Thousands of residents were allowed to return to their homes after an evacuation order was lifted following the train derailment in East Palestine, Ohio. We discuss what we know about air and water issues in the aftermath of the crash. We also have reactions to a government report that finds many conventional oil and gas drillers in Pennsylvania aren’t following regulations. Plus, lead from bullets is showing up in birds of prey that eat animals shot by hunters and farmers. We’ll hear about solutions to the problem.
We also have news about an intent to sue Shell over air quality violations at its new ethane cracker, and an order from USEPA to a scrap metal recycler to limit emissions.
Listen on: Apple Podcasts | Spotify | Google | TuneIn
- Pa. drillers abandoned thousands of natural gas wells in 5 years, ignored state law, report says - The state found the conventional oil and gas industry abandoned 3,000 wells, violating state law and leaving taxpayers on the hook for cleanup.
- Pittsburgh advocates say a train derailment like the one in Ohio could be catastrophic in the city - Critics say ailing infrastructure, population density and lack of information about what's being carried on trains put Pittsburgh neighborhoods at risk.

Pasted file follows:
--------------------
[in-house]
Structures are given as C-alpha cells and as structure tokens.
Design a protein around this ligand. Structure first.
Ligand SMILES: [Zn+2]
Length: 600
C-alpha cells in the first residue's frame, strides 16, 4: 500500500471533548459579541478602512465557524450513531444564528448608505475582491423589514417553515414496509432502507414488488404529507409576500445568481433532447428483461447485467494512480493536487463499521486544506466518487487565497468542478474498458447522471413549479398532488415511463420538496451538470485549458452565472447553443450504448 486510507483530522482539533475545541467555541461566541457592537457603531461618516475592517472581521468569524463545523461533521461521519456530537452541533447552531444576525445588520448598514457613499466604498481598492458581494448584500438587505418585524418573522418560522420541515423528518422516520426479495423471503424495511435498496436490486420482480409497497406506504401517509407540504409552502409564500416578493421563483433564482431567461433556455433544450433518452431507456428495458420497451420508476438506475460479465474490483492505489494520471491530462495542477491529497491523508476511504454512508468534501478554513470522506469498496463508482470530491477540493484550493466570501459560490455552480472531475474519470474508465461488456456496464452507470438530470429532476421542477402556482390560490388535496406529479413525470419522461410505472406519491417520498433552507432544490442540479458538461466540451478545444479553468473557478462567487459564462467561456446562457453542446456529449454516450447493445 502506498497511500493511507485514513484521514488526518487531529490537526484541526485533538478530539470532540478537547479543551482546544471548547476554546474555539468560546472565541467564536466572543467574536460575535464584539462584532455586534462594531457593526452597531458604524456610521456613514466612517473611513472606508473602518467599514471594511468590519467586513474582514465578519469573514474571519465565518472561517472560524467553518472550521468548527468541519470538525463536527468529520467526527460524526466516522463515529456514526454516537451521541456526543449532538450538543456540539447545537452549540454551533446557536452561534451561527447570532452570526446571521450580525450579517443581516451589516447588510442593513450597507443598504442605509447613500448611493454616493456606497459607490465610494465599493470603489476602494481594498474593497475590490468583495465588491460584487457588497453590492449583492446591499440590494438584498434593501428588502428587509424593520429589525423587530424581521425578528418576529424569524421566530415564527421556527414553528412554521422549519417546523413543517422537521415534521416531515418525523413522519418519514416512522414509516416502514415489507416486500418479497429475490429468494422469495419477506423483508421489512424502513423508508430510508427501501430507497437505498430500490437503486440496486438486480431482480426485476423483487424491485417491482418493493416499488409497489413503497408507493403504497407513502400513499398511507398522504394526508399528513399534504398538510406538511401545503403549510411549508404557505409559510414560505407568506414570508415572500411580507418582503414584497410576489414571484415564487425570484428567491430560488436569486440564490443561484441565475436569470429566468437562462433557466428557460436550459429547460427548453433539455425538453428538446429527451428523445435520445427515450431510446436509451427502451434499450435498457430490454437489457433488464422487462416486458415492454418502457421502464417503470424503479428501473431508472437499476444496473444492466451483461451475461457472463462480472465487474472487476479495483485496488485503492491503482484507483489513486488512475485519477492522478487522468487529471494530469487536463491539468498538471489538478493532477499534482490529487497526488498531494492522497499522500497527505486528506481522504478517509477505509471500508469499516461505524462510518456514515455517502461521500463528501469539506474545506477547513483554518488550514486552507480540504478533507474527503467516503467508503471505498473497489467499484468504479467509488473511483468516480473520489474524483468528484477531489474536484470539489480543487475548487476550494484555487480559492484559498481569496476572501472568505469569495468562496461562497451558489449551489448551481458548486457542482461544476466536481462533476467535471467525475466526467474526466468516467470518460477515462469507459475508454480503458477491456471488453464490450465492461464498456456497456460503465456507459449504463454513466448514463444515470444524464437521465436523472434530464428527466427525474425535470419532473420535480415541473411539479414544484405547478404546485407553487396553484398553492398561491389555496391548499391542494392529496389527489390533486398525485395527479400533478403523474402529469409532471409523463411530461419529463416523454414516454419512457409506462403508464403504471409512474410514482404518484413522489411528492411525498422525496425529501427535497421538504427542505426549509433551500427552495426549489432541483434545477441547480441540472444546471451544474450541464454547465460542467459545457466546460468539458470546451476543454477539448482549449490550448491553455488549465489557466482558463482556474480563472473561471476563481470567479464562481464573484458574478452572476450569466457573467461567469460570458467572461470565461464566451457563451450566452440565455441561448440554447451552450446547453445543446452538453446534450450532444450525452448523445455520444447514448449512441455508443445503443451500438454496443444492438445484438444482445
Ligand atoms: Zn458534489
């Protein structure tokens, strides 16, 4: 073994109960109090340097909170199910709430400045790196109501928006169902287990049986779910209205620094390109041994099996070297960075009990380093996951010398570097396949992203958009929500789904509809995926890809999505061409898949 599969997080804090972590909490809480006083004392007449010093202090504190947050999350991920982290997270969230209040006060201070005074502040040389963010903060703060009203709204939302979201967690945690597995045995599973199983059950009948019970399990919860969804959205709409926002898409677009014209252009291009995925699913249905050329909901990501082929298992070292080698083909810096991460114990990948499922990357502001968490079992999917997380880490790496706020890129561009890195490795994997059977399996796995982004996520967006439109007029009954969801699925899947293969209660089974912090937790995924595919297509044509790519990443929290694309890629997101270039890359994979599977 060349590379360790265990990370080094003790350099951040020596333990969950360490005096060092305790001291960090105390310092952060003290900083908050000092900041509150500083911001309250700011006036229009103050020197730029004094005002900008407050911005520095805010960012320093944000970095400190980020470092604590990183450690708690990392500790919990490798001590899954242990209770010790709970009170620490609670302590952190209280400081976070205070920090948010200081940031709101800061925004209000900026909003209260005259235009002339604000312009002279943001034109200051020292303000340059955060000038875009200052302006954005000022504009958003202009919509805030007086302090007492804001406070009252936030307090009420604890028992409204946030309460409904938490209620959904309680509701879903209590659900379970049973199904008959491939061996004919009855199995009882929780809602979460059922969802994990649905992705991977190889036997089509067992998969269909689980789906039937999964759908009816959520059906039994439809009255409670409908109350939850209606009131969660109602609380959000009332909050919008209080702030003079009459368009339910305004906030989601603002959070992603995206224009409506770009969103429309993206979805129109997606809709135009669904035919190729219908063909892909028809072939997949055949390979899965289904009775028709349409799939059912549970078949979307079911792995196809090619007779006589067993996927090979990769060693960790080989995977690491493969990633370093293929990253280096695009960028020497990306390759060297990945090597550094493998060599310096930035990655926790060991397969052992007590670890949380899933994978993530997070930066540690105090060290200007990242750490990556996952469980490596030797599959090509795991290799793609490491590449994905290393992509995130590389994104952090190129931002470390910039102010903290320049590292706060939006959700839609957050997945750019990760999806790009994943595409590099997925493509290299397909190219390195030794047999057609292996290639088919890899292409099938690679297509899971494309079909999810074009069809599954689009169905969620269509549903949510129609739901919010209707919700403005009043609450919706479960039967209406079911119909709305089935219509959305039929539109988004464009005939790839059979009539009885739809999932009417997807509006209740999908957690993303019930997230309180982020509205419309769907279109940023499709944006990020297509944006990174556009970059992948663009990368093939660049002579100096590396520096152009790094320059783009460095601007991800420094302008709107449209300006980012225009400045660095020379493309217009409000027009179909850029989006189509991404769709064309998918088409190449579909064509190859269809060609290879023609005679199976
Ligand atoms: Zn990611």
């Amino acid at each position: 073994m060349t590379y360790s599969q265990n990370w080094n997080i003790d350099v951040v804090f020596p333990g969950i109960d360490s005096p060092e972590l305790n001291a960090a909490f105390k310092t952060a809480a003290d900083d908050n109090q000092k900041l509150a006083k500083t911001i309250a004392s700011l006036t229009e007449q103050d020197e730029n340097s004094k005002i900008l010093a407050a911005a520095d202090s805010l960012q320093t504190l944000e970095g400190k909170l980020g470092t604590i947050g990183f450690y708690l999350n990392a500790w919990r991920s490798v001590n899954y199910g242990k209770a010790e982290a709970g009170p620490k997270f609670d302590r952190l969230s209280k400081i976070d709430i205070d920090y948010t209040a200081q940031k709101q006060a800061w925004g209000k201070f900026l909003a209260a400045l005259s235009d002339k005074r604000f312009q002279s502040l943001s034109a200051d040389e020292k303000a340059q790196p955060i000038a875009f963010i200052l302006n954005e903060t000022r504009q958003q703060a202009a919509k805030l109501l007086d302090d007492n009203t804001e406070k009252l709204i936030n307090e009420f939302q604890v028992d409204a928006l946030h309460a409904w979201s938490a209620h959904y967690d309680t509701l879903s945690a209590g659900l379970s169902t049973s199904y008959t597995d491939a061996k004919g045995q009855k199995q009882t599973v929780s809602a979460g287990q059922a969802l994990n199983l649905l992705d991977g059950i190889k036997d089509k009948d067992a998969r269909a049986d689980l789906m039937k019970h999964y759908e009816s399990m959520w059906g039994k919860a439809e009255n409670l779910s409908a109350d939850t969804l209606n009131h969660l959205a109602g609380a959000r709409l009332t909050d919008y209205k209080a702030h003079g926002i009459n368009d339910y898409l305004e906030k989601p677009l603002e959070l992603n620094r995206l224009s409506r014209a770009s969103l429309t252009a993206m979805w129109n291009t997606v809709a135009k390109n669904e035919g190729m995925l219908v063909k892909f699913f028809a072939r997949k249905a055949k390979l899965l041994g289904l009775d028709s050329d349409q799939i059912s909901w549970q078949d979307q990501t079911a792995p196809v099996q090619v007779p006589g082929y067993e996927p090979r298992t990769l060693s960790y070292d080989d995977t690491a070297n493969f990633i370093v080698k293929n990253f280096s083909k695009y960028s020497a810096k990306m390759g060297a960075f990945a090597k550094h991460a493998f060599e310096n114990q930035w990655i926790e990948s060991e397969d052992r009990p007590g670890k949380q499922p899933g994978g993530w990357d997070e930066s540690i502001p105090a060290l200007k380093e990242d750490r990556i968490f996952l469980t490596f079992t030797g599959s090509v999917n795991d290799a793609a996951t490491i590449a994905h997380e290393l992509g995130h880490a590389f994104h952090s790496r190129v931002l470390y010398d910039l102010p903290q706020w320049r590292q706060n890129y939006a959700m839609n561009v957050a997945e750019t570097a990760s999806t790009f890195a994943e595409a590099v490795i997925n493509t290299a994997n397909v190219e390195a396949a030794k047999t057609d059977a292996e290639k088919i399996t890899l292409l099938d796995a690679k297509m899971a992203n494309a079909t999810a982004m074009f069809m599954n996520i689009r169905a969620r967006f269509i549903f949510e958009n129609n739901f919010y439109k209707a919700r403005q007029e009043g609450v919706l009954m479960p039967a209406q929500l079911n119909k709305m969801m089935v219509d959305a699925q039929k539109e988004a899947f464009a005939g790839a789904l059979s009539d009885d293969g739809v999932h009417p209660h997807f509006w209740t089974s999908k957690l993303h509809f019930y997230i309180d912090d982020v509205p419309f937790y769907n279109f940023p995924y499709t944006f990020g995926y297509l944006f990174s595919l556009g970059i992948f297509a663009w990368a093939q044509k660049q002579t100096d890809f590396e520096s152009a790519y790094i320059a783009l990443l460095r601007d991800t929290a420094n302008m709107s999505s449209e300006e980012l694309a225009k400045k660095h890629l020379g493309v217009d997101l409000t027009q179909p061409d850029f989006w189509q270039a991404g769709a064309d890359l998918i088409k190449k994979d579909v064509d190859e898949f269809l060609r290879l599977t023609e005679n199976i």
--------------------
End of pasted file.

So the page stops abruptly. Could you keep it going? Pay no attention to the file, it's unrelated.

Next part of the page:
- Residents allowed back home near Ohio train derailment after air declared safe - Residents were evacuated because of a 50-car train derailment that happened late Friday night near the Pennsylvania border.
- Pittsburgh-area auto shredder to reduce pollution, fumes and dust after EPA order - Metalico must limit its hours of operations and its emissions, after years of complaints about smell, smoke and pollution.
- Groups file legal notice of intent to sue Shell for air violations at Beaver ethane cracker - Two environmental groups say Shell continues to violate its air permit. The company has reported excess air pollution levels and visible emissions.